Pink Floyd's David Gilmour Discusses His Technique and Gear in 1988 Guitar World Interview
Pink Floyd guitarist David Gilmour discusses his technique and gear in this interview from the July 1988 issue of Guitar World magazine.
Gilmour admits a great love of the blues, but says that the key to his playing is his melodic sense. "Yes, there's a lot of the blues in my playing. When I was young, I actually sat down and learned many of the classic blues solos by Eric [Clapton] and Hendrix as well as studying old Howlin' Wolf records. But I don't consciously delve into that area now. Blues lines as such are fairly specific.
"It's like, you've got a series of things that you can put together in different combinations but there aren't that many moves you can make. Instead, I try to approach things, given my limitations and strengths, from a more melodic standpoint and just work on it until it sounds ... nice. I don't really have any plan in hand that helps me to deal with this. I try not to be too tied down by rules and regulations. So the blues influence may come out at times but I like to think I come at it from a different angle."
"Oh, I'd say my sense of melody. My sense of going for the unusual at times."
"Well, I can't really play fast,per se. Not like so many players today. I don't have a very disciplined approach to practicing or anything, but I do tend to have a guitar around most of the time, which I strum on most of the day. But about once a year I have sort of an attack of a guilty conscience about my abilities, so then I'll sit and run through a couple of scales. But generally, I'm not too ambitious about that sort of thing. I just tend to strap on the guitar in the studio and do something crazy.
“Again, I don't have a very precise method of doing anything. I'm sorry ... I feel like I'm being awfully vague about all this, but that's the way I am. I just play intuitively and work the same way in the studio. I don't have any magical effects or anything that helps me to get my particular sound. It's all very hard to explain. I just keep fiddling with the little knobs on different boxes until it sounds right to me.
"I like to approach every track and every solo I do with an open mind. I don't really have any kind of general philosophy of playing, I don't think. And to be honest with you, I can't really remember how I achieved certain sounds in the studio. I don't really approach anything with any great plan, except that I work on the sound until it sounds right to me ... forgetting instantly afterwards how on earth it was done."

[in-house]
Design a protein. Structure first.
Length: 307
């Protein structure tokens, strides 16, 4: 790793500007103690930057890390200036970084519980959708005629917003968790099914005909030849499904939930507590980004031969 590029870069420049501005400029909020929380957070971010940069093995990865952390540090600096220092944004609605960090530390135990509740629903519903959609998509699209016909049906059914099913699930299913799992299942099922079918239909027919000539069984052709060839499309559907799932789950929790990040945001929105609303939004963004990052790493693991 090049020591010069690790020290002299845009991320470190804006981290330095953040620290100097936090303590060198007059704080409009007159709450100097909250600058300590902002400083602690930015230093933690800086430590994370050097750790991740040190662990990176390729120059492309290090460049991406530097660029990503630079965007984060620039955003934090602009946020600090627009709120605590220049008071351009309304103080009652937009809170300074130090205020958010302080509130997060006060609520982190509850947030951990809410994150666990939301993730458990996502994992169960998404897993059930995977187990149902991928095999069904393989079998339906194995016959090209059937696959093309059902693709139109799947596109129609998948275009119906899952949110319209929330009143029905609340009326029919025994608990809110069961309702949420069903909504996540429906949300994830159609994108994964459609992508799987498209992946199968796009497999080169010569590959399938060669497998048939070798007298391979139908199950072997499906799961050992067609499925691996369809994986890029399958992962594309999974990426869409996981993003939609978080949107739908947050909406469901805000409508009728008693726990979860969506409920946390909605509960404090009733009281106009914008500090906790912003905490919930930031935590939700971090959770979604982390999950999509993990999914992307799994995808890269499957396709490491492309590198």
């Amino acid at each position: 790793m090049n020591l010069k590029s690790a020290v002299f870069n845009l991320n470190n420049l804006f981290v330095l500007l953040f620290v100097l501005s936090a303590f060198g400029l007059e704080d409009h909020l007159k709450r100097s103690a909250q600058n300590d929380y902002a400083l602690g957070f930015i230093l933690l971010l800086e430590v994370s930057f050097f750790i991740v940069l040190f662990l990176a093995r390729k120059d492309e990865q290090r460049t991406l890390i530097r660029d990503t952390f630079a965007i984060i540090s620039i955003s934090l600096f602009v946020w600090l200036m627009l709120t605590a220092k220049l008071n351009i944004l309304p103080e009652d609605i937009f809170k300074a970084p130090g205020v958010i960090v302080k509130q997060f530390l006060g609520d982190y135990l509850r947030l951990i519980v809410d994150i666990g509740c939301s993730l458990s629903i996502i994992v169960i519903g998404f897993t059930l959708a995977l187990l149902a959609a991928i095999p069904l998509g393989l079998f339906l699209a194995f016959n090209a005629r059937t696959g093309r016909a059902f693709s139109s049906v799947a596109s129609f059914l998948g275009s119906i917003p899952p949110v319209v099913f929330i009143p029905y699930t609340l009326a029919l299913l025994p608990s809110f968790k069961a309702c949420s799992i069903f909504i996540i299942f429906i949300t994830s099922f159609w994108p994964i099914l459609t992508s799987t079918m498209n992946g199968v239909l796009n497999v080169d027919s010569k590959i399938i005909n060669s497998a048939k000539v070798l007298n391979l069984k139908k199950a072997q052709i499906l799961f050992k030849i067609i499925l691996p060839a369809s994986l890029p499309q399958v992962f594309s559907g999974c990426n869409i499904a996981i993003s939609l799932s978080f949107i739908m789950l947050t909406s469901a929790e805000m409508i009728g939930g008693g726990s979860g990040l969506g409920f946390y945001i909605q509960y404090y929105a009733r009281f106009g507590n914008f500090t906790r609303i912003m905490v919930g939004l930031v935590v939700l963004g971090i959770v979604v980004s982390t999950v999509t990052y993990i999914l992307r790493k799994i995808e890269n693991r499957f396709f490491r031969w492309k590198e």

Okay, thanks for the workshop, Dave.
In this day and age of neo-classical metal-whatever, where young (and I mean young, like 18) guitar daredevils are racing up and down the neck at inhuman speeds, skipping across strings like Evel Knievel hurtling a row of school buses on his cycle, blazing through scales and arpeggios like sewing machines on automatic pilot, David Gilmour stands out as an anomaly.
Call him a throwback, a dinosaur, a relic, if you will. But for my money, he could teach these young whippersnappers a thing or two about phrasing, about finesse and taste, about making a personal statement on the instrument, not through any magical gadgets but through one’s own personal touch ... bare fingers on strings.
“One thing about my guitar sounds,” offers the humble Floydman of few words, "I think I could walk into any music shop anywhere and with a guitar off the rack, a couple of basic pedals and an amp I could sound just like me. There’s no devices, customized or otherwise , that give me my sound. It comes off my fingers. It all comes down to personal taste, I guess.
"Like vibrato, for instance. I like a kind of refined version, which I do either with a finger or with a wang bar ... sometimes both at the same time. But I must say that a lot of vibrato that's used today just doesn't appeal to me at all. It doesn’t sound musical."
Being a rich, semi-reclusive Englishman with a country home and family, Gilmour doesn't spend much time making the scene in London, New York or L.A., hanging with the cats, keeping up with the latest trends in music, the newest innovations in technique. He admits, for instance, to never having heard Yngwie Malmsteen or any of the clones who spun off from that school of playing. But he admits, "I do like Eddie Van Halen's playing a lot. Of course, I can't do that at all. I don't have the fingers for it."
Other players he admires?
"Steve Lukather is great. I really love his playing. I love a lot of people's playing, but I mostly tend to like some of the old guys, you know? Eric, Jeff Beck, people like that. They're more to my taste.”
His taste coming basically out of the blues while young turks like Yngwie and his ilk basically shun the blues in favor of classical scales. As far as Gilmour is concerned, you can keep your Paganini scales and flourishes. He prefers the simple boogie-woogie of John Lee Hooker and the dirty urban blues of Muddy Waters, which he pays tribute to on "Dogs Of War," a sort of symphonic slow boogie blues with a whole section of sample cellos droning that familiar ostinato riff.
Simple, yes, but full of feeling, especially when Gilmour sails over the top with his distinctive stereo delay sound, warm and slightly wet, as opposed to the standard dry, treble-piercing shrieks that many young guitar phenoms seem to prefer today.
Yeah so David's a dinosaur. Fine. But I'll take his solo on "Yet Another Movie" over 90 percent of the flailing fretboard work on record today. Of all the tunes on A Momentary Lapse Of Reason, this is perhaps his most thoughtful, well-crafted solo of the bunch. That, and his moving solo on the anthemic "On The Turning Away," based on a traditional Celtic melody.
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